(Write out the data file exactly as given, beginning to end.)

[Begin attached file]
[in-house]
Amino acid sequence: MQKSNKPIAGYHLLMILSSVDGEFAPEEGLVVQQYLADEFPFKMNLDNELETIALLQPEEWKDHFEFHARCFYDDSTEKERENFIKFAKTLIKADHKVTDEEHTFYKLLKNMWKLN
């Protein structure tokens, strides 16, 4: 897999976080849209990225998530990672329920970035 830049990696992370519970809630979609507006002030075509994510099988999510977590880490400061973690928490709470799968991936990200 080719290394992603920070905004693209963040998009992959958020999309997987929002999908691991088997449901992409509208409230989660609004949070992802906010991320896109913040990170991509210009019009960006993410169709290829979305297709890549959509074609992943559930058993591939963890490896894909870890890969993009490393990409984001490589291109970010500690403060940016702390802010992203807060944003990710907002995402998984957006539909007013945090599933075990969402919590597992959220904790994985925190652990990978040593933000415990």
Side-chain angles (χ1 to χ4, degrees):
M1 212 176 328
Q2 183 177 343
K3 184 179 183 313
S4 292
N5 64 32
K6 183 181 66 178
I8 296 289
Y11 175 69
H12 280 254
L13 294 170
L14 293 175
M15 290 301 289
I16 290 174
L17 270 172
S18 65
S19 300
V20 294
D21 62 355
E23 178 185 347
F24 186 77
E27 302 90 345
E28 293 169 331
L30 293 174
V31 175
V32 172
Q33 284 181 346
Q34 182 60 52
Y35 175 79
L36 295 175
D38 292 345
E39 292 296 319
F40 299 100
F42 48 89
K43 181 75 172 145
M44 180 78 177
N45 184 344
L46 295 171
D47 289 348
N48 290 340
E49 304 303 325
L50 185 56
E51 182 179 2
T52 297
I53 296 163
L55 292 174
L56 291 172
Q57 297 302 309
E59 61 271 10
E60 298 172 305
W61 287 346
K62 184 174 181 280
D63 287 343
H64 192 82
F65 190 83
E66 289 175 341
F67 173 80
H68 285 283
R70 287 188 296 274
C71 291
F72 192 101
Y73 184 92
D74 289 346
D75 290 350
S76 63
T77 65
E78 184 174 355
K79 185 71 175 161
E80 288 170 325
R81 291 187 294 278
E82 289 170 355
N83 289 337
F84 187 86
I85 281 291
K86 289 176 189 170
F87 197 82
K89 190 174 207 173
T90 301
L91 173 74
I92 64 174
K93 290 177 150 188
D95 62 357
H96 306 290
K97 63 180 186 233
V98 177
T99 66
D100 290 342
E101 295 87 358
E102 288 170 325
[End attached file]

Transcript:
[in-house]
Amino acid sequence: MQKSNKPIAGYHLLMILSSVDGEFAPEEGLVVQQYLADEFPFKMNLDNELETIALLQPEEWKDHFEFHARCFYDDSTEKERENFIKFAKTLIKADHKVTDEEHTFYKLLKNMWKLN
């Protein structure tokens, strides 16, 4: 897999976080849209990225998530990672329920970035 830049990696992370519970809630979609507006002030075509994510099988999510977590880490400061973690928490709470799968991936990200 080719290394992603920070905004693209963040998009992959958020999309997987929002999908691991088997449901992409509208409230989660609004949070992802906010991320896109913040990170991509210009019009960006993410169709290829979305297709890549959509074609992943559930058993591939963890490896894909870890890969993009490393990409984001490589291109970010500690403060940016702390802010992203807060944003990710907002995402998984957006539909007013945090599933075990969402919590597992959220904790994985925190652990990978040593933000415990």
Side-chain angles (χ1 to χ4, degrees):
M1 212 176 328
Q2 183 177 343
K3 184 179 183 313
S4 292
N5 64 32
K6 183 181 66 178
I8 296 289
Y11 175 69
H12 280 254
L13 294 170
L14 293 175
M15 290 301 289
I16 290 174
L17 270 172
S18 65
S19 300
V20 294
D21 62 355
E23 178 185 347
F24 186 77
E27 302 90 345
E28 293 169 331
L30 293 174
V31 175
V32 172
Q33 284 181 346
Q34 182 60 52
Y35 175 79
L36 295 175
D38 292 345
E39 292 296 319
F40 299 100
F42 48 89
K43 181 75 172 145
M44 180 78 177
N45 184 344
L46 295 171
D47 289 348
N48 290 340
E49 304 303 325
L50 185 56
E51 182 179 2
T52 297
I53 296 163
L55 292 174
L56 291 172
Q57 297 302 309
E59 61 271 10
E60 298 172 305
W61 287 346
K62 184 174 181 280
D63 287 343
H64 192 82
F65 190 83
E66 289 175 341
F67 173 80
H68 285 283
R70 287 188 296 274
C71 291
F72 192 101
Y73 184 92
D74 289 346
D75 290 350
S76 63
T77 65
E78 184 174 355
K79 185 71 175 161
E80 288 170 325
R81 291 187 294 278
E82 289 170 355
N83 289 337
F84 187 86
I85 281 291
K86 289 176 189 170
F87 197 82
K89 190 174 207 173
T90 301
L91 173 74
I92 64 174
K93 290 177 150 188
D95 62 357
H96 306 290
K97 63 180 186 233
V98 177
T99 66
D100 290 342
E101 295 87 358
E102 288 170 325